Agents are always there to make sure a model¹s weight remains first and
foremost in her mind. Rebecca, 18 years old, dropped by her agency before a
casting to surprise her hard-working booker with a latte. Her kindness was
repaid by her being unexpectedly weighed and measured in front of everyone
who happened to be there.
Constant public humiliation < whether at the casting, the fashion show, or
the agency < is the norm in the so-called glamorous life of a model.
Everyone in the fashion world, from the agents to the designers to the
make-up artists, feels that they have a God-given right to comment on a
model¹s appearance. And everyone is prepared to tell painfully thin models
that they need to be thinner. Comments like these would amount to harassment
in any other profession.
It is no wonder that many models develop eating disorders. No one values
their thoughts, personalities, or feelings. Everyone values them for their
bodies alone. In time, models internalize the dangerous idea that they are
worth what they look like.
I have met many models who had a passion for politics, or writing, or
basketball when they first started. Two or three years later, any other
interests are squelched to make way for a deep and abiding obsession with
weight and appearance. The sad irony is the qualities that make supermodels
< the ones who rise to the very top of the industry, exude energy, attitude,
and character with every strut and pose < are progressively stripped away by
the casting process when it comes to most girls.
The fashion industry claims that they are not to blame for any deaths by
malnutrition. These are isolated incidents, they say. The ways models are
treated and valued supposedly has nothing to do with these tragedies. I beg
to differ. Just YouTube any episode of Next Top Model (either the Canadian
or American version) and watch how girls are transformed in front of your
eyes from multi-faceted, confident young women to weight-obsessed, insecure
wrecks. The heartrending incidents are the result of working within an
industry that objectifies women, which in turn teaches them to objectify
This must sound very hypocritical coming from a modeling agent. But I do
things differently. My models span all ages, sizes, colours, and abilities.
They are accepted, promoted, and hired based on their natural physical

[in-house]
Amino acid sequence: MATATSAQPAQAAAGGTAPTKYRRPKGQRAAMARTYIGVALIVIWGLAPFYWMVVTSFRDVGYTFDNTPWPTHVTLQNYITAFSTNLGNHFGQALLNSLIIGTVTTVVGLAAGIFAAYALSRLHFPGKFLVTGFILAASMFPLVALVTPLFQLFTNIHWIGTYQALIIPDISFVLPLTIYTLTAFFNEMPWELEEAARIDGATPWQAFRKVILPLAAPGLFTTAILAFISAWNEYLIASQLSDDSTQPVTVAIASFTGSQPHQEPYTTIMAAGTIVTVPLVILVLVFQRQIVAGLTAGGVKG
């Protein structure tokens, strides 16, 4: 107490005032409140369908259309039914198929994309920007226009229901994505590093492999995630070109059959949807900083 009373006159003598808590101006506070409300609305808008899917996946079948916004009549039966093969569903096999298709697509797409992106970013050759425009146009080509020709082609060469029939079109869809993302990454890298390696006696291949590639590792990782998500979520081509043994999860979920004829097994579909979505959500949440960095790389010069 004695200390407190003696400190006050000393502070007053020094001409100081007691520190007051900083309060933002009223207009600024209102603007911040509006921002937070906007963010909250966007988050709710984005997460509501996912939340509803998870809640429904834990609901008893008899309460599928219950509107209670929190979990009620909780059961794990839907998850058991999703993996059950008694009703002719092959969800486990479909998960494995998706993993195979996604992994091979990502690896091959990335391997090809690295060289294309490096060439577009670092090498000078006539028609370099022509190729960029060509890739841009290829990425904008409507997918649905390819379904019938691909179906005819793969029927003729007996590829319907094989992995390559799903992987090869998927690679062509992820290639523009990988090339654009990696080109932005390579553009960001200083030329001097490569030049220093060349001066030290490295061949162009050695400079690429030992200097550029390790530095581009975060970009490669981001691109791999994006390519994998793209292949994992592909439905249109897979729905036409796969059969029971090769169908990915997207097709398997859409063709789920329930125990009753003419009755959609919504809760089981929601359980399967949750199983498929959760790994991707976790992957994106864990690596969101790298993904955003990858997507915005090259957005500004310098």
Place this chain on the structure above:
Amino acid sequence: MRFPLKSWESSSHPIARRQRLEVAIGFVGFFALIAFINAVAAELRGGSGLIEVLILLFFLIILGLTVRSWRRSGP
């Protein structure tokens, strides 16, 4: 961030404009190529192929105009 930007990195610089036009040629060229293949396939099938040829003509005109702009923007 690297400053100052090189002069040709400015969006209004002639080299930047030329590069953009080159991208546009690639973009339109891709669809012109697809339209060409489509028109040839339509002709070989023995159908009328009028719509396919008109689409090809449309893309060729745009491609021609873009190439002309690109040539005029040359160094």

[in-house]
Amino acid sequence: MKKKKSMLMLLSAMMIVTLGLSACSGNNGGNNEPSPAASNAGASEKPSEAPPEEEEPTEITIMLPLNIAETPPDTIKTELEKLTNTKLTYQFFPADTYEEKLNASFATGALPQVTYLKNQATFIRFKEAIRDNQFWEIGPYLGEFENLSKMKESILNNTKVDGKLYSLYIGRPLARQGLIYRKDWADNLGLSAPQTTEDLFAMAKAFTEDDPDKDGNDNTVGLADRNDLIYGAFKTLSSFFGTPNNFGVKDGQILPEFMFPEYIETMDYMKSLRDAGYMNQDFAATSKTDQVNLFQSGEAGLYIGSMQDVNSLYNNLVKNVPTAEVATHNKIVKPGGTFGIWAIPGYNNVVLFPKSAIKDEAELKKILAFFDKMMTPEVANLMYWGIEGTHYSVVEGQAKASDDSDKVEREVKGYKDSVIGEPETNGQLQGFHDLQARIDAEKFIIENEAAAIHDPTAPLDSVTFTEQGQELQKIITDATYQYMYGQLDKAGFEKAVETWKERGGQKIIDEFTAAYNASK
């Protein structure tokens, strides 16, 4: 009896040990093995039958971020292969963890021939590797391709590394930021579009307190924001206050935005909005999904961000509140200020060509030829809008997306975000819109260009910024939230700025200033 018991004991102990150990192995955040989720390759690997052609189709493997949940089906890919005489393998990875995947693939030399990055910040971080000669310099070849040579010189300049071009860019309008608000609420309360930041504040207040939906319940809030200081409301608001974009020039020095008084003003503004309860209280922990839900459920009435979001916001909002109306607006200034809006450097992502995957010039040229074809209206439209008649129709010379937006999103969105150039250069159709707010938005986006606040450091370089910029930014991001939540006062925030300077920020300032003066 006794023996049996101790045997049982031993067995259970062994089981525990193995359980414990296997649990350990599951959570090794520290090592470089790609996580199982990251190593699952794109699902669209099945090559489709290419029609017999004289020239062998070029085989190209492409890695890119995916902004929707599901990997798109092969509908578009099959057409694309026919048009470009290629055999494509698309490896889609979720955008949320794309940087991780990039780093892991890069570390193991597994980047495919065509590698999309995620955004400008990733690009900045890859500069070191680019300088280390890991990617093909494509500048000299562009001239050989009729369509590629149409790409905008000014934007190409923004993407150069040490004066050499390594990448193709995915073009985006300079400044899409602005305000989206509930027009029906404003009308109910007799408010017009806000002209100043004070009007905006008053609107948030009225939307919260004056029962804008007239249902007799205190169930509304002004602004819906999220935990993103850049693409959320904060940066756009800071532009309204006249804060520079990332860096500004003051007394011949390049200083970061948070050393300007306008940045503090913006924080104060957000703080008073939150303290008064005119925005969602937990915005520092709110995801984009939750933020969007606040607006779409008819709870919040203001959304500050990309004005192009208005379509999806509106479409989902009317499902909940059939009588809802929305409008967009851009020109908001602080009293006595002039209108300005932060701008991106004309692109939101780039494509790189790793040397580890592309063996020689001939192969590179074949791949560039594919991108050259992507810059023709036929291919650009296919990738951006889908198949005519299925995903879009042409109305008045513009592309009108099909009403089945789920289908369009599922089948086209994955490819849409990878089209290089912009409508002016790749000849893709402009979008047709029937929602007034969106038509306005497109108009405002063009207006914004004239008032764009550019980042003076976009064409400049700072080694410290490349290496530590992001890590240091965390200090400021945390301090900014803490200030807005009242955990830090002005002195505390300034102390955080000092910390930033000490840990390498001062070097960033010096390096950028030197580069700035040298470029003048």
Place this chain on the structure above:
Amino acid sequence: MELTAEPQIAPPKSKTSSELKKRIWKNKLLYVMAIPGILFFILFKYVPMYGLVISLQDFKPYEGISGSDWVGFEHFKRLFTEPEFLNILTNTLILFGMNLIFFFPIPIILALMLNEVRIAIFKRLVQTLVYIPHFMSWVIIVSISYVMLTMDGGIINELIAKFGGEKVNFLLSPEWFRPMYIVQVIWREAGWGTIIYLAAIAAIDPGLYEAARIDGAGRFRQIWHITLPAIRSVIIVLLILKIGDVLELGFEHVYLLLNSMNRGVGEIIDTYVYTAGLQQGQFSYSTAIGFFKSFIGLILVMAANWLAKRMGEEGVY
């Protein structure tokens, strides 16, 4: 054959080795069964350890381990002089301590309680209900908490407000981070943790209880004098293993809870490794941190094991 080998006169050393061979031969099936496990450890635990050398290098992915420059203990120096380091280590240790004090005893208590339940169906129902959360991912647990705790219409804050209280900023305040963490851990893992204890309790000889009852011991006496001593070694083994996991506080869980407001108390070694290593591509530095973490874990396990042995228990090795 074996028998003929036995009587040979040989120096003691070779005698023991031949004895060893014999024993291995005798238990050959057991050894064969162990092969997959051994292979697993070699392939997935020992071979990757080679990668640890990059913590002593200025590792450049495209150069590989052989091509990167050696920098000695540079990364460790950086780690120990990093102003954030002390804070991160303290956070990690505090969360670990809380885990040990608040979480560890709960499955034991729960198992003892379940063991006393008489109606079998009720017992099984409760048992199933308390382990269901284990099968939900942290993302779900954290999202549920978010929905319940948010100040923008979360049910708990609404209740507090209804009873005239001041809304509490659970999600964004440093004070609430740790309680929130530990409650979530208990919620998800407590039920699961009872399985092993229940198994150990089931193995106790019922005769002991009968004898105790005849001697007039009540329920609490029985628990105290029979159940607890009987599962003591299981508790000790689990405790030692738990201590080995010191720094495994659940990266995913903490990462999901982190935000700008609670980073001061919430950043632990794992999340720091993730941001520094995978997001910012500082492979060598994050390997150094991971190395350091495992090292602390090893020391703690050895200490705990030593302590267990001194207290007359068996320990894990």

attributes. I don¹t represent any models full-time. They go to school, work
as doctors and sales clerks, and run their own businesses. Modeling is
something they do on the side for a few days every month < a performance to
which they bring their varied experiences to bear.
I don¹t expect our entire ³glamorous² modeling industry to follow my example
overnight. What can we do to protect the wellbeing of our Canadian models in
the short term? L¹Oreal Fashion Week needs to follow the lead of event
organizers in Madrid and Milan by mandating medical tests for each model to
ensure they are of healthy weight. Let them feel like they can get away with
eating an apple now and then.
In the long run, we should go all the way and make true body diversity the
fashion in Canada: models of all ages, sizes, colours, and abilities. Body
diversity on the catwalks might be more attainable than you think. The March
2007 issue of Vogue, arguably the most powerful fashion player in the world,
features size 12/14 Jennifer Hudson on its cover. If Vogue can do it,
L¹Oreal Fashion Week can give it a shot.
Such a strategy would draw international media attention to Toronto¹s
catwalks, something missing from the Canadian shows right now. And for those
worried about the bottom line, diversity would allow consumers to relate to
the models, relate to the brand, and demonstrate that positive relationship
through spending power. Most significantly, women reading magazines and
watching fashion television who say, ³I could never look like that,² will be
free to re-discover themselves.
Then, and only then, will modeling truly be a glamorous life.
Ben Barry is CEO of the Ben Barry Agency, a model consultancy
headquartered in Toronto. He is a graduate student at Judge Business School,
Cambridge University and author of Fashioning Reality (Key Porter Books).